Do me a favor. Take a short quiz with me here. Who’s more interesting, both as a character study and as a pop culture icon: Luke, or Vader? Batman, or The Joker? Thor, or Loki? Simon, or Garfunkel? If you’re most people, you picked the latter every time. Well, maybe not for that last one, but that’s an actual question I need help with. There’s a reason you picked the last one. Villains are way more fun and interesting than heroes. Antagonists may be the ones we root against, but you tell me you weren’t fascinated the first time you saw the T-1000 change shape, Hannibal Lecter escape justice, or Jack Nicholson in literally any movie.
The player characters, naturally, will be the protagonists of your adventure. If you’re rooting against your own characters, then you’ve got issues that tabletop gaming can’t solve, I’m sorry to say. If you take Felix Danger’s great advice, you’ll have a lot of passion, drive, and love for your character. Less can be said about a GM being interested in the PC across the table from them. That’s where the villain comes in.
GMs carry the weight of creating the villain of the adventure. The grander the adventure, the grander the villain. Dungeon-of-the-Week or Danger Room games only need someone at the end of the tunnel to hand out loot, but a sprawling, fully-realized world needs a fully-realized villain. A BBEG.
I’m going to speak to the newer players here. The main villain of a big adventure is the BBEG- Big Bad Evil Guy. It’s okay. We use a lot of acronyms in RPGs. It’s just the way we TCB, and if we don’t hurry, there will be a TPK ASAP, OK?
A BBEG’s the one that you love to hate. The one you shake your fist at when he escapes on the back of a griffin. The one that cackles manically as he sends wave after wave of henchmen at you.
Creating such a hate-able person tends to fall into the cartoonish. If we don’t stop this sorceress, fellas, she’s gonna BLOW UP ALL EXISTENCE! But that doesn’t make any sense, does it? Why would a sorceress, no matter how evil, want to blow up existence? She’s part of existence! Felix told you that the heart of a well-crafted player character is backstory and expression. I’m here to tell you that the heart of a well-crafted villain NPC is motivation. From the highest BBEG, to the mid-level bureaucratic henchmen, to the kobolds fawning over shiny stuff, villains need to have motivation to be believable.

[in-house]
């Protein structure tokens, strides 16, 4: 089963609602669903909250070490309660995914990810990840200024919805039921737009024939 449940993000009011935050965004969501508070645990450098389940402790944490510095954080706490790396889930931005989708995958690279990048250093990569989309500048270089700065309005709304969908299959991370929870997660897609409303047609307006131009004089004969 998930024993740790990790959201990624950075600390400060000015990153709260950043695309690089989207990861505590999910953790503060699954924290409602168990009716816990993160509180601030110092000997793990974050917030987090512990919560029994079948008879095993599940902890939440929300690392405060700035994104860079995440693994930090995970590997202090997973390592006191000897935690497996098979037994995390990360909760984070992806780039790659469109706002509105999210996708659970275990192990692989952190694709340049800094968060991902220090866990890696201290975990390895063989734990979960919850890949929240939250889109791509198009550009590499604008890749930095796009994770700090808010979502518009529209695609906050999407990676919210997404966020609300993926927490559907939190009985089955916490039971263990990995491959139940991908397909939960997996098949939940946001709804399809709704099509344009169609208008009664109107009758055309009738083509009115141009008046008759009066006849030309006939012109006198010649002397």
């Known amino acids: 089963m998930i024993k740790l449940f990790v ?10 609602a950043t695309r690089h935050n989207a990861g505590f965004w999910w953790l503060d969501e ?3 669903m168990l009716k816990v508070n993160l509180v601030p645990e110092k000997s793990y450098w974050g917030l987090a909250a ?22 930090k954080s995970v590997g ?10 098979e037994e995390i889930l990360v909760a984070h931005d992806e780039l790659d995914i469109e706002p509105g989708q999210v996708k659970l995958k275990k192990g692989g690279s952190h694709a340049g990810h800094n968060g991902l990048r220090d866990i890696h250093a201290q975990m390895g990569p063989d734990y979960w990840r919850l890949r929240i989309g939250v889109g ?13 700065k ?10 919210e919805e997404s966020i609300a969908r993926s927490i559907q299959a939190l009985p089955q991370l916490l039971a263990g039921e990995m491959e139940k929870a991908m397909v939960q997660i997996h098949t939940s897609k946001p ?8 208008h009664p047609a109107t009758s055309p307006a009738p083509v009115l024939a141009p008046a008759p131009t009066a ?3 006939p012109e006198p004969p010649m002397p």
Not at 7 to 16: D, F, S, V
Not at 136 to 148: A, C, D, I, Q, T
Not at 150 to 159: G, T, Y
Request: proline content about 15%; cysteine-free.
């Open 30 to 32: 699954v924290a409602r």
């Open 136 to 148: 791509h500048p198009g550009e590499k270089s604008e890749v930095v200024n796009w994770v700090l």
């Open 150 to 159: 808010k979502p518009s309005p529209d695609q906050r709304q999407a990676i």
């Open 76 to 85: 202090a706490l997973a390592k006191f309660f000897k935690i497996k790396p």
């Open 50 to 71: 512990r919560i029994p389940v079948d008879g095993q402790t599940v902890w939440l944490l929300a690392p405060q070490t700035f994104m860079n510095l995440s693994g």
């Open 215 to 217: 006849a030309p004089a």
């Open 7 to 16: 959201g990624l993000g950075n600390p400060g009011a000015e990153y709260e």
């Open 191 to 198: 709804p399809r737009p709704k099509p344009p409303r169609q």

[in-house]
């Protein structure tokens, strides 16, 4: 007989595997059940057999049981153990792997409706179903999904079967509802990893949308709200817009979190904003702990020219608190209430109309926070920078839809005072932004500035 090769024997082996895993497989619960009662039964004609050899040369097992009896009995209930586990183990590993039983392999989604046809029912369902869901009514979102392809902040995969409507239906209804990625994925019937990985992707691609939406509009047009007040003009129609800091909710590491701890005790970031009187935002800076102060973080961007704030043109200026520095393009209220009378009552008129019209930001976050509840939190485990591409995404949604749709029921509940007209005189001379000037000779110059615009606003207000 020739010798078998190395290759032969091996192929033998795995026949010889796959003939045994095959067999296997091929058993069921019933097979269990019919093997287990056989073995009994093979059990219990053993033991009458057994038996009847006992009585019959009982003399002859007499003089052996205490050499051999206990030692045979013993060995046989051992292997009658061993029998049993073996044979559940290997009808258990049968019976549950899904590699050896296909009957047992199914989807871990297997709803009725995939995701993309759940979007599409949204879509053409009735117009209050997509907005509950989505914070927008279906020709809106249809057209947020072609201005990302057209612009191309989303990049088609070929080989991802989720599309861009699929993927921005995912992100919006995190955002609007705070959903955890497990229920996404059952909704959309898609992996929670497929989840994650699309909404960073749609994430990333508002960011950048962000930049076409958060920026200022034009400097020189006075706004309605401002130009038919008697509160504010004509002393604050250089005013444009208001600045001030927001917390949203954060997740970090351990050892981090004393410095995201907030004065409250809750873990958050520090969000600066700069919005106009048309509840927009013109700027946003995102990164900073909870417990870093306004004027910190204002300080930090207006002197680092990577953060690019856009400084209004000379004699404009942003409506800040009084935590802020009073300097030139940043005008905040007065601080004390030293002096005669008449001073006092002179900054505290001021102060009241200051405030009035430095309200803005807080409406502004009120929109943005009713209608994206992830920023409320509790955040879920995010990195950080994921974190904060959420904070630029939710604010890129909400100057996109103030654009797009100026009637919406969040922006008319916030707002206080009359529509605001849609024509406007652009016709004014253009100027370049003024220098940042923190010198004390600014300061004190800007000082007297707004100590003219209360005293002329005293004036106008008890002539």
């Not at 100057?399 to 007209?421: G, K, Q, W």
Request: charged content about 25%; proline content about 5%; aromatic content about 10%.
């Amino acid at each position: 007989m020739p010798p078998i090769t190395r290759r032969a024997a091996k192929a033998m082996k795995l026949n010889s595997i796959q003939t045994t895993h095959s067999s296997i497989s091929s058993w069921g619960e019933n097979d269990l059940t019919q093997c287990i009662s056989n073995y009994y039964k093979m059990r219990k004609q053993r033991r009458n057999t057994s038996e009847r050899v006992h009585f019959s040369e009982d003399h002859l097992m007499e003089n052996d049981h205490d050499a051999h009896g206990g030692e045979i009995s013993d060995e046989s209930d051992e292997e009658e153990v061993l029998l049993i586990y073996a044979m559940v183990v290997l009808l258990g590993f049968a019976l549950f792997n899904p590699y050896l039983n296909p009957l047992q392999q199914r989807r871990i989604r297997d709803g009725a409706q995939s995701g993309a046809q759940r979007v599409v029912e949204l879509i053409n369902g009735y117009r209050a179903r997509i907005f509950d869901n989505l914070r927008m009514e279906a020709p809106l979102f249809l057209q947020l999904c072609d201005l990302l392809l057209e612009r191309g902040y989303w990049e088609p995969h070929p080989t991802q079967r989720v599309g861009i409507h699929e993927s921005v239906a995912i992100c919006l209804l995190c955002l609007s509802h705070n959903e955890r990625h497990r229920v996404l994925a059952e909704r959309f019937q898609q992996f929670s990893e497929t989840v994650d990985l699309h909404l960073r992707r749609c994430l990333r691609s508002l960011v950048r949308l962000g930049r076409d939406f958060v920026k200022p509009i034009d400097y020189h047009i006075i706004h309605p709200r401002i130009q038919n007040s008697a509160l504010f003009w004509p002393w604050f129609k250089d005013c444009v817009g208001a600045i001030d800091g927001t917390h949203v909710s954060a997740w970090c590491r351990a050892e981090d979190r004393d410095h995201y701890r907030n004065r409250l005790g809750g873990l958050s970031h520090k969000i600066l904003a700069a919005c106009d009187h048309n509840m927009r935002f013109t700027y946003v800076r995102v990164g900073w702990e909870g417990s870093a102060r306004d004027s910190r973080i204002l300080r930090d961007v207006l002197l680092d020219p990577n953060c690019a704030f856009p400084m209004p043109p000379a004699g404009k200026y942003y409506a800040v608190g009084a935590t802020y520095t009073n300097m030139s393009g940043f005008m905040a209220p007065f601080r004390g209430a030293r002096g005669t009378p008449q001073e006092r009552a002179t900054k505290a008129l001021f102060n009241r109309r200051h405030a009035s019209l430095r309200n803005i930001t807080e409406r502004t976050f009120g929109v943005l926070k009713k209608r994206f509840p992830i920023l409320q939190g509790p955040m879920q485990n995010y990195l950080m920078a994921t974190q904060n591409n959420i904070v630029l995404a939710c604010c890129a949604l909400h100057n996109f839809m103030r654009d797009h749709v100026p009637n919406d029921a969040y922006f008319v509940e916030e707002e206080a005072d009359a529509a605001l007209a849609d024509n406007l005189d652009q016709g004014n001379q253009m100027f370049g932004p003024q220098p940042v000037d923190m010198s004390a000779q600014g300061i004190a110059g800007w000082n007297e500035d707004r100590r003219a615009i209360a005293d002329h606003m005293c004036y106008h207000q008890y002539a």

Believability doesn’t necessarily lower the stakes. I don’t want your fantasy-world BBEGs to slaughter thousands in order to scrape enough dough together to open a Carl’s Jr. in Minas Tirth. That’s boring. I want your BBEG to have a purpose behind his evilness.
For instance, I’m currently crafting a campaign based on classic Roman antiquity. A well-established empire, replete with marble temples and beskirted soldiers, reached a little bit too far into the wilderness, and now the barbarian horde is falling down on their head. Our heroes are a piece of that established empire, and can express that through their own play. Our BBEG is a barbarian warlord set on ending the spread of this imperial power into his forests. Sure, he does this from the back of the aforementioned griffin with a bow that shatters stone and creates craters wherever it lands, but he still has a point. He’s not diving deep into the heart of this empire to undo creation, just take back some ancestral lands and maybe commit light genocide along the way.
You can scale this up or down. If your players get to a high enough level, maybe their villain thinks they can do a bit better than the gods themselves, and seek to become one! If your players are still just starting out, maybe a goblin king is making raids on supply trains. They both have motivation.
Henchmen can carry a piece of their boss’s vision, but they don’t have to. A band of assassins can be hired by your BBEG to wreak havoc on a mining town, but only be in it for the money. A blood-thirsty cult, however, tends to be true believers all the way down. It’s all context.
After you figure out WHY a villain is doing the things they are, figure out HOW they go about it. The villains I listed: Vader, The Joker, Loki, Garfunkel- They all had flair and style that makes them memorable. This is tabletop gaming, and you can make them do whatever they want. Maybe it’s his weapon of choice, like my BBEG. Maybe it’s a way of speaking, a way of dressing, or a way of interacting with the PCs. It’s your game, do the villain YOU want to see.
The villain may be around longer than some of your PCs, depending on how tough they are, so you need to pour just as much work into him or her or it as any player character. Make full-on character sheets for your BBEG: I find that my notes on the backs of the sheets and even supplemental notecards are way more decked out for villains than any hero.
There’s plenty of psychology that explains why we’re so fascinated with villains even as we root against them, but it boils down to a pretty simple thing: The villains we like are really cool. Cool looking, cool acting, cool one-liners. They’re the ones you love to hate, and the love part is a bit bigger than we’re willing to admit.
Take some time, next time you plan an adventure, and ask yourself these questions:
Why is the BBEG doing this?
How will they go about doing it?
How are they going to do it in a memorable way?
If you can answer those questions, your PCs will have a fight worthy of a bard’s song.